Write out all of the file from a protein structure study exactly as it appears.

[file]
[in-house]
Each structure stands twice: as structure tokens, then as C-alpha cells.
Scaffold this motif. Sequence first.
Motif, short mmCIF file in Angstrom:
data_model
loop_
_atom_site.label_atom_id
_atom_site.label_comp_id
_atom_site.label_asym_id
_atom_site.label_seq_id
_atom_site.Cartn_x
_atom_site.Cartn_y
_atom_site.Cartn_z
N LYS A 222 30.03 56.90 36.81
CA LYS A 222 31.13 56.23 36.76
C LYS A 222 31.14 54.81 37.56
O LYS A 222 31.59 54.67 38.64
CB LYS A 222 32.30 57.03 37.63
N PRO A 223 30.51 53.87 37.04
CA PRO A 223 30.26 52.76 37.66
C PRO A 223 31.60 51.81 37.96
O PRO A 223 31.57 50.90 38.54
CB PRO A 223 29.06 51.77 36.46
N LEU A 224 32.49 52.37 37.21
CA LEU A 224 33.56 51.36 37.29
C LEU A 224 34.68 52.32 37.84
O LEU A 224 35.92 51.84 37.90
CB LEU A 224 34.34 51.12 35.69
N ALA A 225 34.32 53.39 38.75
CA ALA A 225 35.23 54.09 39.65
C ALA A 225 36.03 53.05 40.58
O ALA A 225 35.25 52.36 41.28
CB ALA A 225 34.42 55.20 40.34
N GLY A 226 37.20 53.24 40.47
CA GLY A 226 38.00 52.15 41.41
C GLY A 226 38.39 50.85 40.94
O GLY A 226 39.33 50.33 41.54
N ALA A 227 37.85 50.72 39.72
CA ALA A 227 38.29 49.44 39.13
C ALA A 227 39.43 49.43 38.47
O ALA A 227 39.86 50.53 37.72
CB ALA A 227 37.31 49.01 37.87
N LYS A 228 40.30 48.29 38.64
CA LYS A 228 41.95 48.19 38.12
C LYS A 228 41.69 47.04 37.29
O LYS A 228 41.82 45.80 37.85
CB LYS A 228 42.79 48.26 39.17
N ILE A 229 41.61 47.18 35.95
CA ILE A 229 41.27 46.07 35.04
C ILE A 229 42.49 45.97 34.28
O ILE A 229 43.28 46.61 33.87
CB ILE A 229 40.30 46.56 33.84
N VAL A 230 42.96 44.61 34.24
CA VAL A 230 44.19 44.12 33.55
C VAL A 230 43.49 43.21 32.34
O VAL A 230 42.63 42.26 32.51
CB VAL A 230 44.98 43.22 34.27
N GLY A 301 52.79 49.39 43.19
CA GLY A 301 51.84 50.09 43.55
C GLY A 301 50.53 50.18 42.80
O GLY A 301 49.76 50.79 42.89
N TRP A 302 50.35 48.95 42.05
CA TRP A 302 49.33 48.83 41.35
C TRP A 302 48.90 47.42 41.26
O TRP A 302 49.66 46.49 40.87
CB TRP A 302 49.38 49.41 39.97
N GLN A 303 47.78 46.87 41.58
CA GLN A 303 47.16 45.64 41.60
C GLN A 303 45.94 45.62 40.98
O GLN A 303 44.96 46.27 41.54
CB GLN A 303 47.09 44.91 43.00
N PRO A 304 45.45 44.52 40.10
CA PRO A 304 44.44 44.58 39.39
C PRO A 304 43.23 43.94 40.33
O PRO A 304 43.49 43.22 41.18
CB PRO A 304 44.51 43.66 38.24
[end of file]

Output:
[in-house]
Each structure stands twice: as structure tokens, then as C-alpha cells.
Scaffold this motif. Sequence first.
Motif, short mmCIF file in Angstrom:
data_model
loop_
_atom_site.label_atom_id
_atom_site.label_comp_id
_atom_site.label_asym_id
_atom_site.label_seq_id
_atom_site.Cartn_x
_atom_site.Cartn_y
_atom_site.Cartn_z
N LYS A 222 30.03 56.90 36.81
CA LYS A 222 31.13 56.23 36.76
C LYS A 222 31.14 54.81 37.56
O LYS A 222 31.59 54.67 38.64
CB LYS A 222 32.30 57.03 37.63
N PRO A 223 30.51 53.87 37.04
CA PRO A 223 30.26 52.76 37.66
C PRO A 223 31.60 51.81 37.96
O PRO A 223 31.57 50.90 38.54
CB PRO A 223 29.06 51.77 36.46
N LEU A 224 32.49 52.37 37.21
CA LEU A 224 33.56 51.36 37.29
C LEU A 224 34.68 52.32 37.84
O LEU A 224 35.92 51.84 37.90
CB LEU A 224 34.34 51.12 35.69
N ALA A 225 34.32 53.39 38.75
CA ALA A 225 35.23 54.09 39.65
C ALA A 225 36.03 53.05 40.58
O ALA A 225 35.25 52.36 41.28
CB ALA A 225 34.42 55.20 40.34
N GLY A 226 37.20 53.24 40.47
CA GLY A 226 38.00 52.15 41.41
C GLY A 226 38.39 50.85 40.94
O GLY A 226 39.33 50.33 41.54
N ALA A 227 37.85 50.72 39.72
CA ALA A 227 38.29 49.44 39.13
C ALA A 227 39.43 49.43 38.47
O ALA A 227 39.86 50.53 37.72
CB ALA A 227 37.31 49.01 37.87
N LYS A 228 40.30 48.29 38.64
CA LYS A 228 41.95 48.19 38.12
C LYS A 228 41.69 47.04 37.29
O LYS A 228 41.82 45.80 37.85
CB LYS A 228 42.79 48.26 39.17
N ILE A 229 41.61 47.18 35.95
CA ILE A 229 41.27 46.07 35.04
C ILE A 229 42.49 45.97 34.28
O ILE A 229 43.28 46.61 33.87
CB ILE A 229 40.30 46.56 33.84
N VAL A 230 42.96 44.61 34.24
CA VAL A 230 44.19 44.12 33.55
C VAL A 230 43.49 43.21 32.34
O VAL A 230 42.63 42.26 32.51
CB VAL A 230 44.98 43.22 34.27
N GLY A 301 52.79 49.39 43.19
CA GLY A 301 51.84 50.09 43.55
C GLY A 301 50.53 50.18 42.80
O GLY A 301 49.76 50.79 42.89
N TRP A 302 50.35 48.95 42.05
CA TRP A 302 49.33 48.83 41.35
C TRP A 302 48.90 47.42 41.26
O TRP A 302 49.66 46.49 40.87
CB TRP A 302 49.38 49.41 39.97
N GLN A 303 47.78 46.87 41.58
CA GLN A 303 47.16 45.64 41.60
C GLN A 303 45.94 45.62 40.98
O GLN A 303 44.96 46.27 41.54
CB GLN A 303 47.09 44.91 43.00
N PRO A 304 45.45 44.52 40.10
CA PRO A 304 44.44 44.58 39.39
C PRO A 304 43.23 43.94 40.33
O PRO A 304 43.49 43.22 41.18
CB PRO A 304 44.51 43.66 38.24